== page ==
12. Castro Urdiales ➽ Liendo-Hazas



13. Liendo-Hazas ➽ Santoña



14. Santoña ➽ Güemes



15. Güemes ➽ Santander



16. Santander ➽ Mogro



17. Mogro ➽ Santillana del Mar



18. Santillana del Mar ➽ Comillas



19. Comillas ➽ Serdio



20. Serdio ➽ Llanes



21. Llanes ➽ Nueva



22. Nueva ➽ Ribadesella



23. Ribadesella ➽ La Isla



24. La Isla ➽ Villaviciosa



25. Villaviciosa ➽ Gijón



26. Gijón ➽ Avilés



27. Avilés ➽ Muros de Nalon



28. Muros de Nalon ➽ Soto de Luina



29. Soto de Luina ➽ Cadavedo



30. Cadavedo ➽ Almuna (Luarca)



31. Almuna (Luarca) ➽ La Caridad



32. La Caridad ➽ Ribadeo



33. Ribadeo ➽ Lourenza



34. Lourenza ➽ Abadín



35. Abadín ➽ Vilalba



36. Vilalba ➽ Baamonde



37. Baamonde ➽ Sobrado



38. Sobrado ➽ Arca o Pino



39. Arca o Pino ➽ Santiago de Compostela



Are you made to walk on these types of routes?

Yes, if you are a regular hiker or if you want to do something a little more physical.

The Camino del Norte is a trail with slightly different characteristics. The itinerary begins with a series of ascents and descents. The first part of the route, as far as Bilbao, is therefore more “sporty” than the main Camino de Santiago can be.

Nevertheless, this route is still quite accessible to most of us, especially if you are hiking the rest of the year.

How can you do it? Don’t hesitate to adapt your trip by favoring small stages especially at the beginning of the route and by taking care of the weight of your backpack.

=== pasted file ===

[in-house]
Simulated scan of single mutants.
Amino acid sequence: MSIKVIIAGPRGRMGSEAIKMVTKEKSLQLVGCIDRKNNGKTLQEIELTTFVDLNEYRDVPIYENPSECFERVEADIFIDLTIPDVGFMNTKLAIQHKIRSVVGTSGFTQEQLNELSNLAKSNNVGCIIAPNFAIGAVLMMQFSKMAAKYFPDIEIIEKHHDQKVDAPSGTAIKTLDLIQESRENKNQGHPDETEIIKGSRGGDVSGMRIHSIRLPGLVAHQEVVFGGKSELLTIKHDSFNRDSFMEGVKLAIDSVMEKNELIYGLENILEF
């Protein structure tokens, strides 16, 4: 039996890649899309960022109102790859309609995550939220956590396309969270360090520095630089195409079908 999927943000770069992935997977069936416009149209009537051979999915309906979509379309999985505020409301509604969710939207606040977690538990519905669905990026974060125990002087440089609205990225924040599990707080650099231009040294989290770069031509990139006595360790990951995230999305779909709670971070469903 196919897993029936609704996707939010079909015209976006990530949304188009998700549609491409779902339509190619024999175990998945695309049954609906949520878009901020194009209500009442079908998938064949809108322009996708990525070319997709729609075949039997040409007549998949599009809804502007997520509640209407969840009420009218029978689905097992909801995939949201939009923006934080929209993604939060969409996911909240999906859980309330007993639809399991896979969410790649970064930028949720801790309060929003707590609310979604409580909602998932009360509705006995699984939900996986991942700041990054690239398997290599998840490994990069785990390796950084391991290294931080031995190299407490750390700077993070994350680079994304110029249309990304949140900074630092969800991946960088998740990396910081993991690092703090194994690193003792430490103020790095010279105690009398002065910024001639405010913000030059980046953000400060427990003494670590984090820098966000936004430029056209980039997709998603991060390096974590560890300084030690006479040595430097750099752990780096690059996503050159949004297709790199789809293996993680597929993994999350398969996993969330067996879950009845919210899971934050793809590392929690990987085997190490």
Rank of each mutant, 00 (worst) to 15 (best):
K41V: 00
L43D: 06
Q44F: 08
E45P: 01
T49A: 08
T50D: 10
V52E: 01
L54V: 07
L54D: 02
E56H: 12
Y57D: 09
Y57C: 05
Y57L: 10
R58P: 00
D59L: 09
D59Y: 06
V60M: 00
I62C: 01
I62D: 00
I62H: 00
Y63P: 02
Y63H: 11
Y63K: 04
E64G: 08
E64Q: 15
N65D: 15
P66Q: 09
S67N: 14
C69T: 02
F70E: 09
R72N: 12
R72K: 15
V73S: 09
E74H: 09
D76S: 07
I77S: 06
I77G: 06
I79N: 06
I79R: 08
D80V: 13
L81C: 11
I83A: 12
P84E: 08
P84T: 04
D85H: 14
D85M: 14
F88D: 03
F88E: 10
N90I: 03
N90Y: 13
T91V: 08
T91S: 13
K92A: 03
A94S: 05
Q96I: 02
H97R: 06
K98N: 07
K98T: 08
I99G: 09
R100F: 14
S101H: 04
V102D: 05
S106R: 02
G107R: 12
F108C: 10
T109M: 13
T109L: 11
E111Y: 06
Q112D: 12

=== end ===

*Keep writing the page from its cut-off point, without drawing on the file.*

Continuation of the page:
The second part of the path, up to Conlunga, is much less hilly.

Then you will attack the Cantabrian Mountain Range and Galicia. The highest altitude is 1150 m (Puerto de Pan). You will find below the altimetric profile of the route (source : Acir Compostelle)

Profil altitude - Camino Del Norte - Acir Compostelle

Yes, if you want to hike on a Camino de Santiago less frequented

The attendance of the Camino Francés is often pointed out (so much so that it is called “the highway of pilgrims“). Every year, thousands of pilgrims from all over the world embark on this mythical journey, the main route in Europe.

The Camino del Norte, on the other hand, is quieter. Pilgrims in search of tranquility, introspection and solitude will be delighted to set off on this itinerary, which is still somewhat neglected by most walkers.

Yes, if you are a fan of coastline, beaches, ocean, seagulls 😉 but not that …

The coastal path is clearly the ideal for anyone who loves the ocean, the coastline and the unique and incredible landscapes that the Spanish coastline has to offer. You will alternate between cliffs, beaches, coves… and small villages and rural ports.

A little tip: for those who are addicted to sea water, you can start your walk at the beginning of the route by walking along the cliffs and take a different path: the GR 121. You will reach breathtaking landscapes, but you will lose for a few kilometers the pilgrim spirit so much sought after.

The green and varied mountains are also very present on this trail and sometimes remind you of the landscapes of Switzerland or the Jura.